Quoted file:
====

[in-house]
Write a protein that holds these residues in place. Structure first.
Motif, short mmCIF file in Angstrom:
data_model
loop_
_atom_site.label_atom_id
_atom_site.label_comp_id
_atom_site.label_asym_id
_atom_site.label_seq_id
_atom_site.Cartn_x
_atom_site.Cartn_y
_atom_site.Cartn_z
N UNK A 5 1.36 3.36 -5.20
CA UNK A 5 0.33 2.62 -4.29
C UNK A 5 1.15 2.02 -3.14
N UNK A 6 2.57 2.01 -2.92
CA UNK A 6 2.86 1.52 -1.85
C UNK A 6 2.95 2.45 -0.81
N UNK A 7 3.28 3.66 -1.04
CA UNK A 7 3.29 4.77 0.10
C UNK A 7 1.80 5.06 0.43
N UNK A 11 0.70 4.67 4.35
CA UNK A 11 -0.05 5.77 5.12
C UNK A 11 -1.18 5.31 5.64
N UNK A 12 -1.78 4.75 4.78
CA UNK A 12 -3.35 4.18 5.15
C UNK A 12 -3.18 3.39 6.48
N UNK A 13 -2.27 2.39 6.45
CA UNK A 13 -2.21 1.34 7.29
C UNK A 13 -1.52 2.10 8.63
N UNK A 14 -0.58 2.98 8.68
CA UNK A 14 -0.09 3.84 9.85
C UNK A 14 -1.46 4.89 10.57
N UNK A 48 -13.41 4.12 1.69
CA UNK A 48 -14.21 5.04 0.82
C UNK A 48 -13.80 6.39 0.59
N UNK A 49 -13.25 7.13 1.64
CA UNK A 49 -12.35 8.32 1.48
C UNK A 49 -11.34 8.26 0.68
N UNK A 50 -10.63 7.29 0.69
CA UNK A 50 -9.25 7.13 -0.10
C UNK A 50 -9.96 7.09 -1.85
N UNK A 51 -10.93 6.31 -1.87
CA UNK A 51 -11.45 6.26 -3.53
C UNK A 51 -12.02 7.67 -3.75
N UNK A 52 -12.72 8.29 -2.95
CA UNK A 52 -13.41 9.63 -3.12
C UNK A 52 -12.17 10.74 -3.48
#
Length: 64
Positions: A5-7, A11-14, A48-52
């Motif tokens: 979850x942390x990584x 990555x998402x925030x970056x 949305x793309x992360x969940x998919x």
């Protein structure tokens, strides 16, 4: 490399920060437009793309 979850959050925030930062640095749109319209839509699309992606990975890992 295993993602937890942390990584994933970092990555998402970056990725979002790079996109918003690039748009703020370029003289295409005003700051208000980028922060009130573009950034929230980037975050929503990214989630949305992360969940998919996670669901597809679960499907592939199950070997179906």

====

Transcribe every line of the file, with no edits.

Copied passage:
[in-house]
Write a protein that holds these residues in place. Structure first.
Motif, short mmCIF file in Angstrom:
data_model
loop_
_atom_site.label_atom_id
_atom_site.label_comp_id
_atom_site.label_asym_id
_atom_site.label_seq_id
_atom_site.Cartn_x
_atom_site.Cartn_y
_atom_site.Cartn_z
N UNK A 5 1.36 3.36 -5.20
CA UNK A 5 0.33 2.62 -4.29
C UNK A 5 1.15 2.02 -3.14
N UNK A 6 2.57 2.01 -2.92
CA UNK A 6 2.86 1.52 -1.85
C UNK A 6 2.95 2.45 -0.81
N UNK A 7 3.28 3.66 -1.04
CA UNK A 7 3.29 4.77 0.10
C UNK A 7 1.80 5.06 0.43
N UNK A 11 0.70 4.67 4.35
CA UNK A 11 -0.05 5.77 5.12
C UNK A 11 -1.18 5.31 5.64
N UNK A 12 -1.78 4.75 4.78
CA UNK A 12 -3.35 4.18 5.15
C UNK A 12 -3.18 3.39 6.48
N UNK A 13 -2.27 2.39 6.45
CA UNK A 13 -2.21 1.34 7.29
C UNK A 13 -1.52 2.10 8.63
N UNK A 14 -0.58 2.98 8.68
CA UNK A 14 -0.09 3.84 9.85
C UNK A 14 -1.46 4.89 10.57
N UNK A 48 -13.41 4.12 1.69
CA UNK A 48 -14.21 5.04 0.82
C UNK A 48 -13.80 6.39 0.59
N UNK A 49 -13.25 7.13 1.64
CA UNK A 49 -12.35 8.32 1.48
C UNK A 49 -11.34 8.26 0.68
N UNK A 50 -10.63 7.29 0.69
CA UNK A 50 -9.25 7.13 -0.10
C UNK A 50 -9.96 7.09 -1.85
N UNK A 51 -10.93 6.31 -1.87
CA UNK A 51 -11.45 6.26 -3.53
C UNK A 51 -12.02 7.67 -3.75
N UNK A 52 -12.72 8.29 -2.95
CA UNK A 52 -13.41 9.63 -3.12
C UNK A 52 -12.17 10.74 -3.48
#
Length: 64
Positions: A5-7, A11-14, A48-52
């Motif tokens: 979850x942390x990584x 990555x998402x925030x970056x 949305x793309x992360x969940x998919x």
């Protein structure tokens, strides 16, 4: 490399920060437009793309 979850959050925030930062640095749109319209839509699309992606990975890992 295993993602937890942390990584994933970092990555998402970056990725979002790079996109918003690039748009703020370029003289295409005003700051208000980028922060009130573009950034929230980037975050929503990214989630949305992360969940998919996670669901597809679960499907592939199950070997179906």